Ten years ago, UALR Chancellor Joel E. Anderson issued a challenge at the inaugural Racial Attitudes in Pulaski County conference: “You have to face it to fix it.”
A decade later, much has changed to improve race relations; however, the issue still clearly persists. Anderson said this fact is supported by the 2012-13 survey on crime and punishment, which was issued by the UALR Institute of Government in conjunction with the 10th Annual Racial Attitudes in Pulaski County Conference on Thursday, March 28.
The UALR Institute on Race and Ethnicity hosted the conference and offered the results of the survey, which went live on the institute’s website Thursday afternoon. Survey data for all 10 years can be found on the institute’s site.
“Ten years may sound like a lot, but for the issues we’re addressing, I would say we are just now to the point where we have begun to have a real baseline for looking at ourselves and our movement,” Anderson said.
Anderson said a positive trend was indicated in the increased improvement seen in questions related to trust, “particularly given that trust is the foundation on which easy and enduring cooperation is built.”
In general terms, both blacks and whites rate race relations as “very good” or “somewhat good.” Yet a more nuanced look at the numbers shows a level of disparity regarding racial profiling, Anderson said. Nonetheless, the perception of profiling has indeed waned among blacks.
“I would offer speculation … that this could be a case where direct attention to an issue by responsible officials [such as law enforcement] actually produced that result,” he said.
Anderson said that such data encouraged “cautious optimism” about race relations in Arkansas. But, he added, glaring examples also existed to demonstrate that profound gaps are still prevalent among African-American and Latino perceptions of life in the community compared with whites.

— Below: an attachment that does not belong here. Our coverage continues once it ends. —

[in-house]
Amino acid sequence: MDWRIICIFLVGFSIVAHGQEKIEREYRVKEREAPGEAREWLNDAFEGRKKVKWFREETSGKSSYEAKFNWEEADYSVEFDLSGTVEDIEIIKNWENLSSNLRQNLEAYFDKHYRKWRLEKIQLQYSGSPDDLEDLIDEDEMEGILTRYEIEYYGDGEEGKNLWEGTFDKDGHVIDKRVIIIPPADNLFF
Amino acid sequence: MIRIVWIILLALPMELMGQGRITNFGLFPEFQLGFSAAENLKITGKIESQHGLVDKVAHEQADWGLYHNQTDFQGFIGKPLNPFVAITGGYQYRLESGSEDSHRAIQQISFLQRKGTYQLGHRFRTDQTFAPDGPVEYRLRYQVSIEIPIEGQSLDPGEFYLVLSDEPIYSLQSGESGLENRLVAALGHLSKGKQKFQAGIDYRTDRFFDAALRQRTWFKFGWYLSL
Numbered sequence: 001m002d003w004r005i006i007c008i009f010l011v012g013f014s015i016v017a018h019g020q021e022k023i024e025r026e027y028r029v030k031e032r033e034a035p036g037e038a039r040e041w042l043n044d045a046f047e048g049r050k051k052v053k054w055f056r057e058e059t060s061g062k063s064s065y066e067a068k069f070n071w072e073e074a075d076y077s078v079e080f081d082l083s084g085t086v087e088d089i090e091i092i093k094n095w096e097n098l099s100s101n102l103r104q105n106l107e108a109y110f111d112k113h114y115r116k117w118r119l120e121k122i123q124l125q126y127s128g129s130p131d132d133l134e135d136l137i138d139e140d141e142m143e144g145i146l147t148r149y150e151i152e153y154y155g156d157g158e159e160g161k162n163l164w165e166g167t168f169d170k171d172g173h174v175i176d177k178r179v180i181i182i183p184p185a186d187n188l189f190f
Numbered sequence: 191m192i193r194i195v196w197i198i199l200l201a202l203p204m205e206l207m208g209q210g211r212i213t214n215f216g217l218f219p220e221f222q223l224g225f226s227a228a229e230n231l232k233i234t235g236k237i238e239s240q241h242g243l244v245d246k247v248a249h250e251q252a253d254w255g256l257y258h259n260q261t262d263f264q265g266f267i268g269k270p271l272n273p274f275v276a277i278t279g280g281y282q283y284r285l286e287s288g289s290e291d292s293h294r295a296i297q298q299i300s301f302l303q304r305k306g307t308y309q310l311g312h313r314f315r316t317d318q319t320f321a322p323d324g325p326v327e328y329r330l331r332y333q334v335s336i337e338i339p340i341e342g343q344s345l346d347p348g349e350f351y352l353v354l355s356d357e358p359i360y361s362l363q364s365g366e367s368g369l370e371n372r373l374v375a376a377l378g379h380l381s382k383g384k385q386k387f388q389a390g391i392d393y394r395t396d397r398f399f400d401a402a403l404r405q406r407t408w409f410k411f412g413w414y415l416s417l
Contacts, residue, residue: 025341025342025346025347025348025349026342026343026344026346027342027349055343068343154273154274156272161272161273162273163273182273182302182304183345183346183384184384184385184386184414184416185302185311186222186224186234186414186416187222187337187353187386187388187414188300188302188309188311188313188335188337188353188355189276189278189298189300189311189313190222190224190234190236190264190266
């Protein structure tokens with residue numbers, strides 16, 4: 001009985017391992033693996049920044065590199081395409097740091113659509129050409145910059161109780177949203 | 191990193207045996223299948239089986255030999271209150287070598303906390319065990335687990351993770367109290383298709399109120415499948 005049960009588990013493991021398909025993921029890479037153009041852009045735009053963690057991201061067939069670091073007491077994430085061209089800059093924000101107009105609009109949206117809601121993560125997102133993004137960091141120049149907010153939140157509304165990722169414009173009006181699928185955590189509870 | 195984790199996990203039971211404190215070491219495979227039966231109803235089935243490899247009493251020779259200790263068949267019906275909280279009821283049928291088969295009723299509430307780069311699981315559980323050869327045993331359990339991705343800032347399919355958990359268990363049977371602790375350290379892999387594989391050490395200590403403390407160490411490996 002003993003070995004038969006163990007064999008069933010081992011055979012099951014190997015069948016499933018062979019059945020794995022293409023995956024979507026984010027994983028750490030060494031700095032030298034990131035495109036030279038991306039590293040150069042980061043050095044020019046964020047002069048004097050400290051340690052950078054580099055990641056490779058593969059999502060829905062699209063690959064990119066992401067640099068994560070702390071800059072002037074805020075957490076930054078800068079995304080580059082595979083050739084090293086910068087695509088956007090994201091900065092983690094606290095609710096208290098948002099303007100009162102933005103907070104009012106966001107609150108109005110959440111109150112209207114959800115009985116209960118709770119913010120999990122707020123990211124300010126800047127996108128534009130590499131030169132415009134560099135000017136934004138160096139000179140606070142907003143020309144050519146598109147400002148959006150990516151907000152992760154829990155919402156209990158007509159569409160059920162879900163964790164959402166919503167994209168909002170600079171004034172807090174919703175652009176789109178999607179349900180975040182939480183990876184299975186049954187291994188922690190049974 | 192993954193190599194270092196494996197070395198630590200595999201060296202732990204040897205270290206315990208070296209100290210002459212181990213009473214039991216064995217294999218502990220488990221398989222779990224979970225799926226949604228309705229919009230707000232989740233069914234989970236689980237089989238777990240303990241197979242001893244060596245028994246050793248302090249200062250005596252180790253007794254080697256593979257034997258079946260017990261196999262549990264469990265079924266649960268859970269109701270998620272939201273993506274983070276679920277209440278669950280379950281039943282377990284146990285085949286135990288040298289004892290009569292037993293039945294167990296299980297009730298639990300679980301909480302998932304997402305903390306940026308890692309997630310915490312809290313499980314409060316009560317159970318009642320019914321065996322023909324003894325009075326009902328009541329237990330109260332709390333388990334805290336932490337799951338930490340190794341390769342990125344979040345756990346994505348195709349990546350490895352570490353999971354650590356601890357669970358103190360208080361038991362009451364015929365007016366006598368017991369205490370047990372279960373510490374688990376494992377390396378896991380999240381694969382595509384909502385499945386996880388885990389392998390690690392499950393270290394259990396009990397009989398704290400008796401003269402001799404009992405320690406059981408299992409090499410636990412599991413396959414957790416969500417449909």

Anderson said he would challenge those who believe in the myth that there are not problems in racial and ethnic perceptions to look at the survey data.
“It is not helpful to deny it and it is not helpful to fail to recognize it,” he said.
A distinguished panel of area leaders also contributed their thoughts regarding the results of 2012-13 survey following Anderson’s remarks, including retired Appellate Court Judge Olly Neal, who grew up during Jim Crow segregation in Arkansas.
Other guest panelists included Robert Tellez of the Monterrey & Tellez law firm; Leta Anthony of the Willie Hinton Neighborhood Resource Center; Little Rock assistant chief of police, Eric Higgins; and Dr. Charles Chastain of the Prison Library Project and professor emeritus of criminal justice at UALR.
Thurday’s event concluded with a roundtable strategy session to encourage community dialogue.
The UALR Institute on Race and Ethnicity was founded in July 2011 to seek racial and ethnic justice in Arkansas by remembering and understanding the past, informing and engaging the present, and shaping and defining the future. UALR has collected data on attitudes concerning race relations since the beginning of Anderson’s tenure as chancellor in 2003.
Video of the conference may be found at ualr.edu/race-ethnicity/press/1389-2/.